There’s also a, “Here’s What Happened…” writing prompt worksheets, as another way to check comprehension, plus practice sequential writing, hopefully using a variety of ordinal numbers and other transitions.
Finally, another option you have for practicing these standards is the "Little Red Riding Hood" storytelling WHEEL craft.
Unlike some of the other stories we read, fairy tales have a few more story elements, so retelling them takes more "picture prompts".
With that in mind, I designed a front & back wheel, so that the graphics are larger on a "slice" from a 6-piece "pie"circle, than they would be on a circle divided into 12-pieces.
I find that my little ones choose only one color & tend to scribble, when graphics are small, whereas they do a much better job coloring in the graphics on these patterns.
There are 2 “print & go” options to choose from: A circle wheel, which features Little Red Riding Hood, as well as a basket-shaped wheel.
Pick your favorite, or give students a choice.
There are full color patterns to use for an independent center, as well as a sample to share, plus a black & white pattern, so students can make their own.
When everyone is done, practice retelling the fairy tale “Little Red Riding Hood” using the manipulative. Everyone starts by turning their wheel so that her face appears in the “pie-slice window”, then call on a child to begin the story,
Continue to turn the wheel, calling on different students to tell you that portion of the story explaining the “picture prompt”.
When you get to the sixth-pie slice, showing "grandma in bed", have children unfasten the brass brad and flip their wheel over, to reveal the last half of the story.
I’ve also included a “back” pattern for both the circle wheel and the one shaped like a basket, where students simply flip their wheel up & over to finish telling the rest of the fairy tale, without having to take their wheel out.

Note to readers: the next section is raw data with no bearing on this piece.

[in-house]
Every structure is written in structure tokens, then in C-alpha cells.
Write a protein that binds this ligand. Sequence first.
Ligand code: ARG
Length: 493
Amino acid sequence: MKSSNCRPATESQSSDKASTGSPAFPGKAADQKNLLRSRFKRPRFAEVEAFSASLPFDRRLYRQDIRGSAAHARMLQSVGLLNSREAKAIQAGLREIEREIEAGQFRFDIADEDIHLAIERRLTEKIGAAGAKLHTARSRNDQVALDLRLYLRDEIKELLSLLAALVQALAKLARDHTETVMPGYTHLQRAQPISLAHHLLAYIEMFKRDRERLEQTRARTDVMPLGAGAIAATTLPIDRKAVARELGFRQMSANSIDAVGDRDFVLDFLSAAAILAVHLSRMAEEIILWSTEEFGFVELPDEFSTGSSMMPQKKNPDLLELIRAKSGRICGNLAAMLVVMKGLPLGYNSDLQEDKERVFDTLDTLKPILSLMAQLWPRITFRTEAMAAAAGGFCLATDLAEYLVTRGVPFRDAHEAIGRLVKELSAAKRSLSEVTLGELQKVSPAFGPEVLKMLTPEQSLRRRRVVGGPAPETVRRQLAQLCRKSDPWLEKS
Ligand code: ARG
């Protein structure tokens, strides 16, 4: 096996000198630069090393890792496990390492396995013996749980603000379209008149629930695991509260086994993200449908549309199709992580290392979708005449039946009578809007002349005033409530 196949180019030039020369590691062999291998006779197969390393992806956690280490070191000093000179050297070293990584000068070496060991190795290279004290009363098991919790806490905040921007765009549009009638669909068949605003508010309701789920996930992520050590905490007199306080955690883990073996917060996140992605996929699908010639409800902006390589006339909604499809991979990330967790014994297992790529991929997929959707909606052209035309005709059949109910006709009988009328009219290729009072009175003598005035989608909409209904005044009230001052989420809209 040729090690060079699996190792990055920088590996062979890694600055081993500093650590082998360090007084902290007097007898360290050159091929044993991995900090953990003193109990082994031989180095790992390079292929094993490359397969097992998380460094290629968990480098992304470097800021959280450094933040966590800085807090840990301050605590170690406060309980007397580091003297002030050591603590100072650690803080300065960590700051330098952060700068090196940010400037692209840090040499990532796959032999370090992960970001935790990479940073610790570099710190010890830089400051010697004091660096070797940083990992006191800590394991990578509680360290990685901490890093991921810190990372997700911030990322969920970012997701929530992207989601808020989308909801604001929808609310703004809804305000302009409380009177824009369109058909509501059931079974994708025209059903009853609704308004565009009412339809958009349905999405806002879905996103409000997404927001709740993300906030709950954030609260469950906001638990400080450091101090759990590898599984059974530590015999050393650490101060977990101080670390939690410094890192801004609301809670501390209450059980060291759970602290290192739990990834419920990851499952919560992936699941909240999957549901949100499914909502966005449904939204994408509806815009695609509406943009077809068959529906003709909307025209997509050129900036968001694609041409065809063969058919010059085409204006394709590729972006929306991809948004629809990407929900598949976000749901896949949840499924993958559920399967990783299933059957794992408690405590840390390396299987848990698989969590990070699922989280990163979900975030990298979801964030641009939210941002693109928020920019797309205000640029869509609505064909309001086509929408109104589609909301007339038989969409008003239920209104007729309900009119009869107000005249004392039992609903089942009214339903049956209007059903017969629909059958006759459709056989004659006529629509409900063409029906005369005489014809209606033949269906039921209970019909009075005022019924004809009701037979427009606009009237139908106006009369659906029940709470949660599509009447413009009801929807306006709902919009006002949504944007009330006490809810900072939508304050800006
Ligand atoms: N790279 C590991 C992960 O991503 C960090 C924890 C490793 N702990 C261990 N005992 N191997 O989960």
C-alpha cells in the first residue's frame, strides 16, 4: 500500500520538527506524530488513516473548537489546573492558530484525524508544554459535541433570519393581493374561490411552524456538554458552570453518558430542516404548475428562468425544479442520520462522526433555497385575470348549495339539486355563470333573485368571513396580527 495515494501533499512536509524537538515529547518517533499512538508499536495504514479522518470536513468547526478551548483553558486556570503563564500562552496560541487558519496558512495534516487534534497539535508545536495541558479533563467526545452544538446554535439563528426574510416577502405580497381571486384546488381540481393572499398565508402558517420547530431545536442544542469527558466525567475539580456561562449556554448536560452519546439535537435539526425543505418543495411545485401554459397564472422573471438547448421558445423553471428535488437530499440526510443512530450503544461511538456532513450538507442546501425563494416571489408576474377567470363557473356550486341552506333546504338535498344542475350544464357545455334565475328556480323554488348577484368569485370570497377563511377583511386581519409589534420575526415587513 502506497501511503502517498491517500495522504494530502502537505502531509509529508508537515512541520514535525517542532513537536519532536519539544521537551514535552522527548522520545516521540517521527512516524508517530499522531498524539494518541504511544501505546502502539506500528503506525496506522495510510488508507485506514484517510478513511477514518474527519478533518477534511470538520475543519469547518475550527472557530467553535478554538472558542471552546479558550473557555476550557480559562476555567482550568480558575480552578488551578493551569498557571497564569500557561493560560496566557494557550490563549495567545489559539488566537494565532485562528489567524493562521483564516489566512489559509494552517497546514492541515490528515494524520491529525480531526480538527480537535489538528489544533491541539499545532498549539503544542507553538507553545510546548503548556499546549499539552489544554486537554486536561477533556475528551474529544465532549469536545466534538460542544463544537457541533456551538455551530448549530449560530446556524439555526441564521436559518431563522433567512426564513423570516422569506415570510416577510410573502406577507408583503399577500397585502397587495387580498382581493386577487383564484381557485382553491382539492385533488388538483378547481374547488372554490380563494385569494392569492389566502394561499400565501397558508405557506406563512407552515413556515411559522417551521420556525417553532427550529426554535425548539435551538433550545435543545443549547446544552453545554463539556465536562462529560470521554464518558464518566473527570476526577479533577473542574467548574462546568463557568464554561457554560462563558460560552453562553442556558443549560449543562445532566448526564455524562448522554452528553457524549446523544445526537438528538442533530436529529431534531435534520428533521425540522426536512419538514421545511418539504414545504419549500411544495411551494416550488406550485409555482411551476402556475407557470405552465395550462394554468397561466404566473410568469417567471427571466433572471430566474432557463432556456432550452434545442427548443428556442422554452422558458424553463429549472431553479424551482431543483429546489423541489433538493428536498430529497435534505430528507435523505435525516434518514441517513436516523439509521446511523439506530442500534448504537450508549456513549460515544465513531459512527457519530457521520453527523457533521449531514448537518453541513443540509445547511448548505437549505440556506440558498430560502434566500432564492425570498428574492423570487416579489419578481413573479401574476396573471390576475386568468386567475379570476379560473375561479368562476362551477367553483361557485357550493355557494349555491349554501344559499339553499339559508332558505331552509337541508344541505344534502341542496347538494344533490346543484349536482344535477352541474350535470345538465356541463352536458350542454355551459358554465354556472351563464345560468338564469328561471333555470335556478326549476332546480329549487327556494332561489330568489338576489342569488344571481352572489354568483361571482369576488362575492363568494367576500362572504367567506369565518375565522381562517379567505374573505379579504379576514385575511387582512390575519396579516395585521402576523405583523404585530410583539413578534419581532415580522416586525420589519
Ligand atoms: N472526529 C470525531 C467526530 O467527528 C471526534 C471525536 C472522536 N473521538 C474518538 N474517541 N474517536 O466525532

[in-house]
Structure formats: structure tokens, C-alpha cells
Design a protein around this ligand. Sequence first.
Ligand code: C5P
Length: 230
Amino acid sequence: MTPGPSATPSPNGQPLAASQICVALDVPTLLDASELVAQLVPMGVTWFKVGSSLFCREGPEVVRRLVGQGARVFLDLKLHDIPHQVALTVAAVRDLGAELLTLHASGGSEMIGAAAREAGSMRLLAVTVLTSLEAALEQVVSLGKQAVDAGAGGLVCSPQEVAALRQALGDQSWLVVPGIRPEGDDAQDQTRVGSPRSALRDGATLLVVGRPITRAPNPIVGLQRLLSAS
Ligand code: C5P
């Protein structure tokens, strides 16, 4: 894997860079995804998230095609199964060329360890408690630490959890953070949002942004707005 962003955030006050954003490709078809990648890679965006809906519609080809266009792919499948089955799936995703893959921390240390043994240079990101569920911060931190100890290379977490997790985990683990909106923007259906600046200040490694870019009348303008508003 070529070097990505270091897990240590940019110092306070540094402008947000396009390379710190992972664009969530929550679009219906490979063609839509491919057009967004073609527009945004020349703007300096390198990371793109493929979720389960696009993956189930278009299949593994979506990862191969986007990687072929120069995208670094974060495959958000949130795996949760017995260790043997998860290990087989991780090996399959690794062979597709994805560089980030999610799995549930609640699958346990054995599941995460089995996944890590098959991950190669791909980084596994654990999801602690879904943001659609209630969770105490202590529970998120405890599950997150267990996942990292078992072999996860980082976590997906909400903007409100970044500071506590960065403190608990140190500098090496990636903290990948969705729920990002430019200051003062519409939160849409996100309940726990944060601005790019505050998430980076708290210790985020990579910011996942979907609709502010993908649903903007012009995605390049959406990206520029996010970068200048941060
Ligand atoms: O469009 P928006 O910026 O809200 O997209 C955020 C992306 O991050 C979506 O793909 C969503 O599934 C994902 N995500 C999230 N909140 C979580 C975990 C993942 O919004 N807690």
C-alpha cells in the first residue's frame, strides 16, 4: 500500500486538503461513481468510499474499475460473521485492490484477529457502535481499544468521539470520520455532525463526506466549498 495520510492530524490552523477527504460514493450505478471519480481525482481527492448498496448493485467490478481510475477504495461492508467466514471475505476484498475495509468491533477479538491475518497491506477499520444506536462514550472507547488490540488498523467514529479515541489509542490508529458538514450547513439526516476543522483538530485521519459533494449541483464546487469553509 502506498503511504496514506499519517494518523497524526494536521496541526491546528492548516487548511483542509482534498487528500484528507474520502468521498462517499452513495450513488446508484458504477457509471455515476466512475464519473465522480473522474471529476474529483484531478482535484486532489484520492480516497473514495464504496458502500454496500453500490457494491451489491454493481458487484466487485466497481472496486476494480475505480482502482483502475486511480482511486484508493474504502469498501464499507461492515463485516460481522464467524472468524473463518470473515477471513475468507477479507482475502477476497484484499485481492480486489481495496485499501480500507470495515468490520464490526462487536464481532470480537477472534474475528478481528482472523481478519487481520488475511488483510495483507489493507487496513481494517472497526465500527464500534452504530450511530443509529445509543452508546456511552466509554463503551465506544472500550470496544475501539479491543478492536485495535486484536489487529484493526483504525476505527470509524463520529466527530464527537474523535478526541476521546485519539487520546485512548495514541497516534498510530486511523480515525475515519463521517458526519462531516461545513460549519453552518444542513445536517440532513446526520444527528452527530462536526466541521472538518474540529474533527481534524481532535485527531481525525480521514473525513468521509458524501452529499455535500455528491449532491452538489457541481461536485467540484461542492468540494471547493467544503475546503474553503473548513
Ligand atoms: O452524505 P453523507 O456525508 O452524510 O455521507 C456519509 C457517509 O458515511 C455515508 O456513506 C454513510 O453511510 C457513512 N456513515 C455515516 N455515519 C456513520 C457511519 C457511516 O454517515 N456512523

There's a blank-circle pattern, for the back which you can leave as is, or use the empty space for a writing prompt: "What was your favorite part in the story?" etc.
I've also included a pattern with the headings: beginnning-middle & end, as well as my completed sample. (See photo)
Just like the slider craft, you can check comprehension with the “Here’s What Happened” writing prompt worksheet.
Besides the black & white pattern, there’s also a full color template so you can quickly & easily make an example to share, or do as a whole group activity with little ones.
Another way to check comprehension, and reinforce the “sequencing a story” standard, have students do the “color, cut & glue” sequencing worksheet; this too can be done individually or as a whole group.
Today's featured FREEBIE is a super-simple, end-of-the-year writing prompt that makes a quick and easy memory book, or class book you can share with your next year's kiddos. I hope you find it useful.
Well that's it for today. Thanks for stopping by.
Nature decided it would thwart the rainy forcast and play nice today, providing a bit of sunshine & wonderful spring temperatures in the 70s! Woo hoo.
Time to take a much-needed break and get this old body outside. Maybe a little gardening perhaps? Wishing you an awesome day filled with everything you enjoy the most.
"If you have a garden and a library you have everything you need." -Marcus Tulleius Cicero